Cruise Colombia

Colombia’s Ministry of Commerce, Industry and Tourism announced Friday that cruise ship tourism to the country rose by 26.6% between January and November 2013.

Minister of Tourism Santiago Rojas Arroyo claimed in the report that Colombia received 259,805 tourists by cruise ship between January and November 2013, with an increase of 32.3% in November, during the height of travel season, as compared to the previous year.

MORE: Colombia increasingly opens ports to cruise ship industry

The popular Caribbean entry points of Cartagena and Santa Marta in northern Colombia and San Andres Island, 435 miles off the mainland, reportedly received a total of 186 cruise ships from January to November 2013.

“Between January and November 2012,” the reports reads, “Santa Marta only received one cruise ship with 80 passengers on board. Over the same period of 2013 they received five ships with 1,716 tourists aboard.”

In the first half of 2014 alone, 210 cruise ships are scheduled to dock in Colombia, bringing with them 570,000 visitors and an estimated $47 million in revenue, according to the ministry.

Deputy Minister of Tourism Sandra Howard Taylor said that the increase in cruise ship tourism was due to the growth of important business links with companies such as the Florida and Caribbean Cruise Association, which hosted its annual conference in Cartagena last fall.

Speaking at the conference in October, Colombian President Juan Manuel Santos told industry leaders that Colombia hopes to receives one million passengers by 2017 and that the country is “truly ready to invest in the cruise ship industy.”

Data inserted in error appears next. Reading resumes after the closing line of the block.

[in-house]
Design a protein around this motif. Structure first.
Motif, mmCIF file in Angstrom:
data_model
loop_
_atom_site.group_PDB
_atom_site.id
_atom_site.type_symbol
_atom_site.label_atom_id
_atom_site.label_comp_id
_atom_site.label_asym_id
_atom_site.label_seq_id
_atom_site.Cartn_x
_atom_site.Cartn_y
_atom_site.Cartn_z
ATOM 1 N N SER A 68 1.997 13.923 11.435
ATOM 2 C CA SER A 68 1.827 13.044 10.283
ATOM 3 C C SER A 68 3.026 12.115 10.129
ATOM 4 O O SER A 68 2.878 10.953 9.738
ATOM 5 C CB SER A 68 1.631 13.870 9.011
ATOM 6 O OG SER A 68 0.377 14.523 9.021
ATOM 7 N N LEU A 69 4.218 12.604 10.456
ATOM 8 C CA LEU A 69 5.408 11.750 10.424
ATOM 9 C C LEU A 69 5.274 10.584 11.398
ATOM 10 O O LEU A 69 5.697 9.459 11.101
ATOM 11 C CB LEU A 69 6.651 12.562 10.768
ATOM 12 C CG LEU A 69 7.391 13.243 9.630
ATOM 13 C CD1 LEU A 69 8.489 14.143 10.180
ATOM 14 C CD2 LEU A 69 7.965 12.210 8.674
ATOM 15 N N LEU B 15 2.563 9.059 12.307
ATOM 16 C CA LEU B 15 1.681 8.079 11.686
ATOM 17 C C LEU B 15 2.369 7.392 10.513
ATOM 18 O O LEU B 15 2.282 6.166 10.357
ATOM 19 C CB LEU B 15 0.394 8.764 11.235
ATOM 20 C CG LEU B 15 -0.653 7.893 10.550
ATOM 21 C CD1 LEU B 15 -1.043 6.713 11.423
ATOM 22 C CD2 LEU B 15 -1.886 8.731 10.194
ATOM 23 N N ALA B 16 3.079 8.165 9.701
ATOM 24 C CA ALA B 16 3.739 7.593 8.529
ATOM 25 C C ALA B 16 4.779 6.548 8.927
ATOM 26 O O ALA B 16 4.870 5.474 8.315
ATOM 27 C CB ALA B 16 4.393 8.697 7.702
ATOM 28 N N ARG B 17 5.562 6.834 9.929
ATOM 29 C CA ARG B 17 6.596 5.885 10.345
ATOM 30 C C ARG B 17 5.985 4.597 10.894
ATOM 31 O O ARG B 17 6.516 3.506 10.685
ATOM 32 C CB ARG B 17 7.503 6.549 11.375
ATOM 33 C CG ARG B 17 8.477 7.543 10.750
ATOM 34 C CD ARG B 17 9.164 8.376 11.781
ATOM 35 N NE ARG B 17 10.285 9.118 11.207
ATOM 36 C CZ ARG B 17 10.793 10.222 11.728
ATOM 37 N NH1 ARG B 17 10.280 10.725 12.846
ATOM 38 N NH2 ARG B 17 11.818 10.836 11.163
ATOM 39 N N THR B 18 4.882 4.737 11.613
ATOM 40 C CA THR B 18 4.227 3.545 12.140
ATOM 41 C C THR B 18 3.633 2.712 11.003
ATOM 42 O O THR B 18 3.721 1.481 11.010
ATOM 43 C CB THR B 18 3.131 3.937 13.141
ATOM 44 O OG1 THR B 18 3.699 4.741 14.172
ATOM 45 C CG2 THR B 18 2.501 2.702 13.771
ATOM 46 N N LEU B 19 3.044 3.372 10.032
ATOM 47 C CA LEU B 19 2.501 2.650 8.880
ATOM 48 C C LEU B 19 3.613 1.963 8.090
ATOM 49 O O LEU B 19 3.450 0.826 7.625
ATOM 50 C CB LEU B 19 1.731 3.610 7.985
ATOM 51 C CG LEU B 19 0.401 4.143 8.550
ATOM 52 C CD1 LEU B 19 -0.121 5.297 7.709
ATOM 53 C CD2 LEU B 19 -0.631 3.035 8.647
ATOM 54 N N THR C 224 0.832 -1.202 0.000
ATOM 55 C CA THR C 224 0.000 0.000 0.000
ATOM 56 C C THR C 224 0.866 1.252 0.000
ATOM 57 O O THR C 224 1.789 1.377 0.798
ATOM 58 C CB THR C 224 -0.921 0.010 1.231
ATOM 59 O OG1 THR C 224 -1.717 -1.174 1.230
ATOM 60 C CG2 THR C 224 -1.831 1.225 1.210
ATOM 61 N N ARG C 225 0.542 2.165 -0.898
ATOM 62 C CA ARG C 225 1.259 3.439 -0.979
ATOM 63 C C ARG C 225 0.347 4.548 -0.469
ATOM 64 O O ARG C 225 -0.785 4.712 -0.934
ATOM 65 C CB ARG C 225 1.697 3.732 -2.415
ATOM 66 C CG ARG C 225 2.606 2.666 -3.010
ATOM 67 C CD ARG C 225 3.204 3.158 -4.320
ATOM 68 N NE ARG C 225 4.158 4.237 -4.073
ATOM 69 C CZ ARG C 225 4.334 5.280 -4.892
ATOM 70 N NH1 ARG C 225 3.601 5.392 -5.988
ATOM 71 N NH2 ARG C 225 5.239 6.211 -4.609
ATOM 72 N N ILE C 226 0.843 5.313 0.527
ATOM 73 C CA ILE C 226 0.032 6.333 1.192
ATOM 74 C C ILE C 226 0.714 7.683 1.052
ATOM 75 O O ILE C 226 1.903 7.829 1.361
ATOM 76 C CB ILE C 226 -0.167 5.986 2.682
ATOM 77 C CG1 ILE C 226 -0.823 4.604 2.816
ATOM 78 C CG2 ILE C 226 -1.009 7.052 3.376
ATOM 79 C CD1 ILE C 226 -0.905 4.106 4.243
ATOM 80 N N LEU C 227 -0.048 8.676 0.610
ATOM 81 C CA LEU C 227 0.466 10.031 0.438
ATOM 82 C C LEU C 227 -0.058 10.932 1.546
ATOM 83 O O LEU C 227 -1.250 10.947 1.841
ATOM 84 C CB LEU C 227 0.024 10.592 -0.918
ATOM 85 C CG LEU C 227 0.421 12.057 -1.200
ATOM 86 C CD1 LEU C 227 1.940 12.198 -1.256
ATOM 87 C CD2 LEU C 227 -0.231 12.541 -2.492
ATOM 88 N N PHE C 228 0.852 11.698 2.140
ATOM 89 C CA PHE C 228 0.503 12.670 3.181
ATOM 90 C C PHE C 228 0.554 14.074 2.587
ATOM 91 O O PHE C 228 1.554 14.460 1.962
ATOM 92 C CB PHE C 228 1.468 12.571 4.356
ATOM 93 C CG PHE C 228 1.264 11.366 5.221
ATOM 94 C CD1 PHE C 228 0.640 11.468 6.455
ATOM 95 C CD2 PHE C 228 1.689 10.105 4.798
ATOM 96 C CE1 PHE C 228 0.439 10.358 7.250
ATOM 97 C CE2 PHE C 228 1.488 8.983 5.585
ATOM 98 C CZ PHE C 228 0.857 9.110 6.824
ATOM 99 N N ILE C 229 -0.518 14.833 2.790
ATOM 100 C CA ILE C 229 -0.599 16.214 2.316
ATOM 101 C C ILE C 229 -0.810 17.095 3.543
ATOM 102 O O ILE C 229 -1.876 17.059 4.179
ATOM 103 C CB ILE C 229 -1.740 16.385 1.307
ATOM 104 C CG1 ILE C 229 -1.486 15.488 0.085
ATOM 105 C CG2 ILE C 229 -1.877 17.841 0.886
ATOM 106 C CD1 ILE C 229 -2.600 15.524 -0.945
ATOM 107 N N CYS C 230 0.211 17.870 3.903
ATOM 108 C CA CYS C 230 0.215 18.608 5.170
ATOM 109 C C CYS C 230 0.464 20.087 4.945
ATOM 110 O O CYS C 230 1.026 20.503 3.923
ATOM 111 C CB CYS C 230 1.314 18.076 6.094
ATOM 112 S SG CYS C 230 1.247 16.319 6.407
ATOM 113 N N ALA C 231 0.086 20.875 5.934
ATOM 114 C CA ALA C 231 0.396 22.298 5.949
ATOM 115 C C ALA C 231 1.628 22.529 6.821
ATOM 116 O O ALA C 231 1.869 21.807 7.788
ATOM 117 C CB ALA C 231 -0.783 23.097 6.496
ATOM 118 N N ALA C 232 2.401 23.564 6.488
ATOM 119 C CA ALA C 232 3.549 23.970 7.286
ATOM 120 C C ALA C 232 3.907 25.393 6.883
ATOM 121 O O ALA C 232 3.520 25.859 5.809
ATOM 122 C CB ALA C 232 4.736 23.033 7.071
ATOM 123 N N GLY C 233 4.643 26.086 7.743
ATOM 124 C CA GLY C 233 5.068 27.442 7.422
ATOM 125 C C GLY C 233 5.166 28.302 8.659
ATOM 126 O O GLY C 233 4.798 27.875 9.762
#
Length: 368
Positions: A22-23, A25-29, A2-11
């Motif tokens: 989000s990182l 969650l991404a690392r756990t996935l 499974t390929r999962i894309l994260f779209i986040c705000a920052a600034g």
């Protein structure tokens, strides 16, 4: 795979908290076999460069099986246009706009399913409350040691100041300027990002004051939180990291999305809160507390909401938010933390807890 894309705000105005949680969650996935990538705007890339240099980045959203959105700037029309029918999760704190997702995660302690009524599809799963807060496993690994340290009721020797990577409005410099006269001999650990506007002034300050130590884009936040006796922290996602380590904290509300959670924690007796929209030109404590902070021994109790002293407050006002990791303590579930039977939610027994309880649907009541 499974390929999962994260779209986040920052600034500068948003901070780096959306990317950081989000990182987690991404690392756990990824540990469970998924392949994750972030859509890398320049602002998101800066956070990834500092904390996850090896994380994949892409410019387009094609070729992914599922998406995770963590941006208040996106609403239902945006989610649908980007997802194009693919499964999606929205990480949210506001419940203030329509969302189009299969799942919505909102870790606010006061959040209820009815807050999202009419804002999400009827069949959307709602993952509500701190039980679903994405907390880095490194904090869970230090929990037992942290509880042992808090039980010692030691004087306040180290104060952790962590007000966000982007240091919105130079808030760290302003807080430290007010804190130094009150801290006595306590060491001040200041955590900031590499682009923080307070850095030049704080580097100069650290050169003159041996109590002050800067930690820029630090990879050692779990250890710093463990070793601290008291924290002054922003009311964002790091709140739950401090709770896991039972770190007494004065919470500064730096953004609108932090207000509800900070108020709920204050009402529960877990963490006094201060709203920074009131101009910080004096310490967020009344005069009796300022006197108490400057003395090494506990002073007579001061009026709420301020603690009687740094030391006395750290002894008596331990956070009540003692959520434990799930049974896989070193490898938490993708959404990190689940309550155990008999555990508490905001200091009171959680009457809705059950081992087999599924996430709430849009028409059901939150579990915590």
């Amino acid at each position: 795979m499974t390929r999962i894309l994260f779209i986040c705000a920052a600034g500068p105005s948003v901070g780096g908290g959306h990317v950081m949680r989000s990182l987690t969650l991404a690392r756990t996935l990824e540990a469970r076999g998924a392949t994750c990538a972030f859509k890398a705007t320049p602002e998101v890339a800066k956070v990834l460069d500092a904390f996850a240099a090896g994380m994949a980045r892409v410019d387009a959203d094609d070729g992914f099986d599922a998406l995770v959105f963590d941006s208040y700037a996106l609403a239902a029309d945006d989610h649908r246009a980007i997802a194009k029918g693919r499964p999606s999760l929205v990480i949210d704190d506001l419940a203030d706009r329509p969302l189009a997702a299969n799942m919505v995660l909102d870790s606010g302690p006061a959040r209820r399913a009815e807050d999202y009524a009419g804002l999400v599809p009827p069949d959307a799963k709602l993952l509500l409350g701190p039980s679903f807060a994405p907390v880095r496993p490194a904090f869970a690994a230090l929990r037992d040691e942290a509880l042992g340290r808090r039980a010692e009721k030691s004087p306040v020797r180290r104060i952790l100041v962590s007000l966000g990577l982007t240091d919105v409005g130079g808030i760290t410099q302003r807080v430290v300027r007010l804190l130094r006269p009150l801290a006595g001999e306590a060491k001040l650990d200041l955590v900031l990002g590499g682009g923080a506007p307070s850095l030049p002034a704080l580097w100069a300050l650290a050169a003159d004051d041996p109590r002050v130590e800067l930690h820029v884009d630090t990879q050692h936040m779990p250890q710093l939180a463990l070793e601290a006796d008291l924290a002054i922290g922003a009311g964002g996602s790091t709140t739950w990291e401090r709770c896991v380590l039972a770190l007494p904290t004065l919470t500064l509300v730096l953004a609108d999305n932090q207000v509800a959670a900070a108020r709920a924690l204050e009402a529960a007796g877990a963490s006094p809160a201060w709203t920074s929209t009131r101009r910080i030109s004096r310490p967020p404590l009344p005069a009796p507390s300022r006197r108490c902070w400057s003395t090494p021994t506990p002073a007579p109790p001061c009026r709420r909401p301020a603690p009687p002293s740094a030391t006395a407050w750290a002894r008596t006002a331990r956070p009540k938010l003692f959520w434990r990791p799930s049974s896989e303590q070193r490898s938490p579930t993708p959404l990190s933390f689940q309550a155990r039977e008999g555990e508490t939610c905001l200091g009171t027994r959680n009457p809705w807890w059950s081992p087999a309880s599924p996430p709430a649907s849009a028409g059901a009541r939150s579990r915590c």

Santos went on to discuss how “Colombia has, to date, invested about $4 million to create the necessary infrastructure” for cruise ships to dock, and that the industry “has a positive impact on the lives of those who work in its chain; be it taxi drivers, port operators or traders.”

MORE: Cruise season brings more tourists to Cartagena

The true implications of the tourist industry, however, on Colombia and the greater Caribbean, are not necessarily so positive.

Cruise ships have been linked to any number of environmental issues, as explained by Many drop anchor in close proximity to coral reefs, damaging one of the key attractions that brings their passengers to the Caribbean in the first place. Ambiguities in international environmental laws allows the ships to dump waste overboard, contaminating warm, nutrient-poor Caribbean waters with heavy organic material. The fuel used by the ships is among the dirtiest in the world, and embarking passengers can overwhelm the local ecosystems of the beaches the ships take them to.

In economic terms, as well, the cruise industry raises concerns. Reports from the BBC and, for example, explain that cruise ship employees are paid substandard wages, forced to remain on the boats at port, and work up to 18 hours or more per day.

Furthermore, while the economic advantages of cruise ship tourism are often toted by local and national governments, the cruise industry’s well-documented practices of offering all-inclusive packages and actively discouraging spending on land undermine those benefits. Infrastructure accommodations tend to be paid using public funds, but, as Global Travel Sector News has reported, 82% of cruise profits are retained by the ships themselves, which pay minimal or no taxes at port, while only 18% is dispersed on shore.


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